Direct Benefit Transfer or Money Direct to your account as part of Election Manifesto
Are Political Parties trying to Influence Voters through DBT Method – Cash for Vote method
Direct Benefit Transfer or DBT is an attempt to change the mechanism of transferring subsidies launched by the Government instead of applying subsidies on the products or services. This program aims to transfer subsidies directly to the people through their bank accounts to avoid leakages, delays, corruption, etc.
As part of the above program, people started getting subsidies of their Gas or value of other Government declared subsidies to their bank account in the form of cash benefit.
Possible Advantages can be briefed as follows:
- Beneficiaries will be forced to have a bank accounts.
- Since Middlemen will be eliminated, leakages also will be reduced.
- As this will be based on biometric identification, fake & duplicate beneficiaries will be eliminated.
- The direct transfer allows time-bound transfers hence avoids delays in transferring money.
- This eliminates intermediaries and rents for ‘fair price shops’ because the subsidies and benefits of welfare schemes are transferred directly.
- Transparency in the distribution of benefits.
- As everyone can purchase goods at market price, there will be healthy competition between the sellers in the market.
- Chances of middlemen diverting subsidized grains to markets will be eliminated.
- Circulation of money will be increased, which can lead to a significant increase in the GDP.
On the other hand, we have to look into the disadvantages of this facility or method:
- Access to bank branch withdraw money as still there are many rural & tribal areas, which don’t have a banking facility and road connectivity.
- As of now, very few people in Indian pay income tax. So, determining the income of the rest of the citizens is still a challenge hence making it difficult to identify the beneficiaries.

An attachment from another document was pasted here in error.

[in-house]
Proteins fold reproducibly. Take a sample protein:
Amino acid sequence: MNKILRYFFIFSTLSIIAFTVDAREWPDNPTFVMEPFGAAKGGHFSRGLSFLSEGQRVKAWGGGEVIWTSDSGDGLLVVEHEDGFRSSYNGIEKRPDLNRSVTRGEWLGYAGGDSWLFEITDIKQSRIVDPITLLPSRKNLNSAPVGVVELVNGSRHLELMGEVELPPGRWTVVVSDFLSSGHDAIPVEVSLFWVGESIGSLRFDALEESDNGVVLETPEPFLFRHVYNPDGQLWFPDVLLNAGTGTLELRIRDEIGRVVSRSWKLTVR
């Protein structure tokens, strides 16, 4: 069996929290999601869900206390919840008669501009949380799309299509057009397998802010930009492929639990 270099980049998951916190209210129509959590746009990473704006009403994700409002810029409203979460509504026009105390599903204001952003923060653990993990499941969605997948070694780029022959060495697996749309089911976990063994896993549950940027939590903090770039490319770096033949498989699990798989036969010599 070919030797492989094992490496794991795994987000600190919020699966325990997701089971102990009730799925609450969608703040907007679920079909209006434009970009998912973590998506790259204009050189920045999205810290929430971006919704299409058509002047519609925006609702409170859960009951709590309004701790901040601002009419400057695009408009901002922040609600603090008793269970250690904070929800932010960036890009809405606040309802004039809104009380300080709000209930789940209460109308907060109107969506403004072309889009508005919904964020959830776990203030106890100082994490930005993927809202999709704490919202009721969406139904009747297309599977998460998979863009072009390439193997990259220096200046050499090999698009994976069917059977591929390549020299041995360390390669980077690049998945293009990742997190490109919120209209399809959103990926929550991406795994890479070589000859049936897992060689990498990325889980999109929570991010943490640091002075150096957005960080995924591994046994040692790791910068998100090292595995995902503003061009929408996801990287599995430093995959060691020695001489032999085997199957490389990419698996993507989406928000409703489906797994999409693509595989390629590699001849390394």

- Illiterate beneficiaries are more vulnerable to fraud attempts
- Direct cash may not be used for the intended purposes and can be used in unhealthy ways. For example, the cash instead of food subsidy may be spent on alcohol drinking and smoking as most of the beneficiaries’ families’ heads are men.
- Most of the beneficiaries’ families’ heads are men. This will be a disadvantage to women as there is no guarantee that they will get their share of the cash.
Even though there are some loopholes involved in the Direct Benefit Transfer scheme, this program is an excellent way to ensure beneficiaries, if carefully implemented.
As per my opinion: Direct Benefit Transfer to be considered only in the cases of transferring the eligible subsidies and purchase rebates/discounts only. Then the subsidized materials will not be re-routed to open the market and thereby a strong check will be implemented against black markets. Also, this method can be adopted for distributing relief funds during the occasion of floods, natural disasters, etc.
On other hand, as part of the Election Manifestos and Offers, some announcements are coming from the major political parties and politicians, offering monthly grand amounts directly to their bank accounts, for influencing the prospective voters or to influence their vote banks. This has to be considered as similar to offering bribes to the voters – i.e., Cash for Votes.
If there is a group of people with low income or needy people, Authorities should spend this money on various projects to uplift their living conditions and plan projects to deploy them to have better living conditions. Thereby these people can improve their living conditions and the intended project may have some social impact on the overall development of the country.
Offering direct cash, instead of putting these beneficiaries into useful projects, may end up in to form a group or generation of Lazy citizens without making any impact on society. Direct cash receipts may spend on unwanted items where the basic intention or aim will not be achieved.
NATIONAL Rural Employment Guarantee ACT is the best example of this. The Govt of India has passed the National Rural Employment Guarantee Act 2005 in September 2005. The Act provides for the enhancement of livelihood security of the households in rural areas of India by providing at least one hundred days of guaranteed wage employment in every financial year to every household whose adult members volunteer to do unskilled manual work. The secondary objective is the creation of durable community, social and economic assets, and infrastructural development in rural areas.